INCIDENTAL CLINICAL FINDINGS THROUGH RESEARCH PARTICIPATION IN THE NORTH TEXAS HEALTHY HEART STUDY

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2013-04-12

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Malone, Kendra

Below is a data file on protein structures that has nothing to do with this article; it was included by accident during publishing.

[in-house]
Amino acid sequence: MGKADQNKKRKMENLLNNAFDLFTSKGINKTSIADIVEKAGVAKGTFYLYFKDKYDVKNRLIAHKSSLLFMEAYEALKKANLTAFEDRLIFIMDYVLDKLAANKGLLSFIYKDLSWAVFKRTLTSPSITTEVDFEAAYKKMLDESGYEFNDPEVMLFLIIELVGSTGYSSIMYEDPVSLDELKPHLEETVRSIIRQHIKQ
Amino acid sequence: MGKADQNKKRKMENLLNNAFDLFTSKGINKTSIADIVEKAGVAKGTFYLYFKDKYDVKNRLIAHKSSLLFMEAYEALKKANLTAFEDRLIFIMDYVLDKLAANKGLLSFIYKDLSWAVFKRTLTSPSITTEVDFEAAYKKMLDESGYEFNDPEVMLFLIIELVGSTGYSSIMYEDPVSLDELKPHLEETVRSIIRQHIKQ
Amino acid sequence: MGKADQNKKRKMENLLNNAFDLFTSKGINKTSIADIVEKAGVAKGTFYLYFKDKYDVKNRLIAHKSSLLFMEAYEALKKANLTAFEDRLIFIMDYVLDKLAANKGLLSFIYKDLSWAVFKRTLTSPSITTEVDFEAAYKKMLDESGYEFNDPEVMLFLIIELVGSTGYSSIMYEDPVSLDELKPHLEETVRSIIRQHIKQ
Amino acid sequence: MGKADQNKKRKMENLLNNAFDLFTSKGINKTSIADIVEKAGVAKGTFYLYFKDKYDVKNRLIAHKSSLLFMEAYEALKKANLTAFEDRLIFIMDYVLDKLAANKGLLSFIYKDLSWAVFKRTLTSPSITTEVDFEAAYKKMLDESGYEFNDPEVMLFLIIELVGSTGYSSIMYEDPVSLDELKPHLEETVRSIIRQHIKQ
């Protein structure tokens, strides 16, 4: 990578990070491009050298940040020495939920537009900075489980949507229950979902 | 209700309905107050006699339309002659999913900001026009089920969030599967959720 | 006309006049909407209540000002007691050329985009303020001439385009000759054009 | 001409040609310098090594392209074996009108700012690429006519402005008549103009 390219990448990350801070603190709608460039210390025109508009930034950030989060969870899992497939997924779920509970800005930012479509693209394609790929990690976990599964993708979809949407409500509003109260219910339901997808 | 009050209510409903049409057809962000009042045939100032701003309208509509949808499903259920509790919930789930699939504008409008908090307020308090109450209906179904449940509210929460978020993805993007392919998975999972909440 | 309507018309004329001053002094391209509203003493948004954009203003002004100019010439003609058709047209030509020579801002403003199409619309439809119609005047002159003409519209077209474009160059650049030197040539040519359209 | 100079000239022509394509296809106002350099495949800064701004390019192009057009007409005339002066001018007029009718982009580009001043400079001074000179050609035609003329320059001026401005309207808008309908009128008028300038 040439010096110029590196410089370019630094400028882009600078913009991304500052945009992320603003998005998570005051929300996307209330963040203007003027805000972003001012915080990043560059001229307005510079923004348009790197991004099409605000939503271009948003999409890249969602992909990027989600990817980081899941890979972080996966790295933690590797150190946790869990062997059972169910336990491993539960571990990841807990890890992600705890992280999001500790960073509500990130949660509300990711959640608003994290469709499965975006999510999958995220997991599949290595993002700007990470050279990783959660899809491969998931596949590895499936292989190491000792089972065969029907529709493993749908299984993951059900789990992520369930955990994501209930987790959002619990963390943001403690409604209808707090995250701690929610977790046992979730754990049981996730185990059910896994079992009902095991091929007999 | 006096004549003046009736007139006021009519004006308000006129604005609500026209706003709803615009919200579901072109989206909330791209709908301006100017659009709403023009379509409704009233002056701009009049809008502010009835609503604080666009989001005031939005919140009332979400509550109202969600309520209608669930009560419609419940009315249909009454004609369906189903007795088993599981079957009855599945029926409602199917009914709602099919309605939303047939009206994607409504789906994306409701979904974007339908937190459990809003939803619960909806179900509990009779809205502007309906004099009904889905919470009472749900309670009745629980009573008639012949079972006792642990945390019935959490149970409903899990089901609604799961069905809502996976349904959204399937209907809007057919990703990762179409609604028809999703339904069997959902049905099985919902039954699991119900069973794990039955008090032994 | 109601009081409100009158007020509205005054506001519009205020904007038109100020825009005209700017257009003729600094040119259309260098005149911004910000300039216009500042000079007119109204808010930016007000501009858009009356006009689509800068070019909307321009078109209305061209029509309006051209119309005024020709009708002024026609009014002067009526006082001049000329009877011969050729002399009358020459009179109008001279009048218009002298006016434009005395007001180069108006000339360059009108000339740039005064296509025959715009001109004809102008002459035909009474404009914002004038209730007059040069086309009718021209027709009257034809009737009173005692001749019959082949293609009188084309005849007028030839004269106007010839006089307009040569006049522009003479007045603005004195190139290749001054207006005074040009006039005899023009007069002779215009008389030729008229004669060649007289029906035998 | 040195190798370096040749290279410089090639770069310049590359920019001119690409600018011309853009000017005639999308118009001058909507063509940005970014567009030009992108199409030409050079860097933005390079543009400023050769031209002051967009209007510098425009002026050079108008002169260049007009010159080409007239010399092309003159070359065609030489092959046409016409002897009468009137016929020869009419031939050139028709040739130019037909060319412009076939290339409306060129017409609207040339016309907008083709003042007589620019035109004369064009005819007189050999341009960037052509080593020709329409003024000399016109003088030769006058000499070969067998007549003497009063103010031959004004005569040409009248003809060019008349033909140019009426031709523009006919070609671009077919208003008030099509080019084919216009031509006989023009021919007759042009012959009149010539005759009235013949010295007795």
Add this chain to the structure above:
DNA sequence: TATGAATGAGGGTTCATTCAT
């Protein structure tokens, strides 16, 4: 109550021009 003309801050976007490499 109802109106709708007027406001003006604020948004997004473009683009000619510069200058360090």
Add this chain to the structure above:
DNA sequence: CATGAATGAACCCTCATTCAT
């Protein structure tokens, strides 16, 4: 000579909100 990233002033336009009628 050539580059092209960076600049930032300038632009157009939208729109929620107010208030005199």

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Purpose: There is little literature that explores the benefits and implications of the use of Computed Tomography (CT) scans for research purposes. The purpose of this study was to examine incidental findings resulting from CT scans by participating in a behavioral research study that investigated disparities in cardiovascular health outcomes. Methods: A total of 571 asymptomatic adult participants were recruited in the North Texas Healthy Heart Study. All participants completed a one-hour in person interview, body measurements, lab analysis and a 16-slice CT scan of the heart and abdomen used to assess for Coronary Calcium Score and Visceral Adipose Tissue. Radiology reports were reviewed and all findings were categorized as having "clinical" or "unknown" significance. Three years of follow-up documentation were reviewed for status of radiology report findings. Study procedures where IRB approved by the UNTHSC (IRB # 2006-006, 2007-058). Results: There were at least four cases in the present study that resulted in a significant clinical intervention out of the 510 participants who completed CT scans, equivalent to one life saved per 127.5 scans. Of the 510 participants who completed a CT scan, 169 participants had a total of 246 clinically significant findings and 310 participants had a total of 467 findings of unknown significance. 145 participants had a CAC score of greater than 0, and of those, 19 participants had a CAC of greater than 500. Conclusions: The use of CT scans to test for coronary calcium is not clinically recommended in asymptomatic persons, and can result in unnecessary exposure to radiation. However, CT scans used during the course of study procedures can result in clinically significant findings that may otherwise have not been identified and constitutes an often unspoken benefit to participants. The consent process in research settings plays an important role in conveying the risks and benefits of clinical tests provided during the course of study procedures, particularly in addressing the difference between participating in research and testing provided for clinical care purposes.

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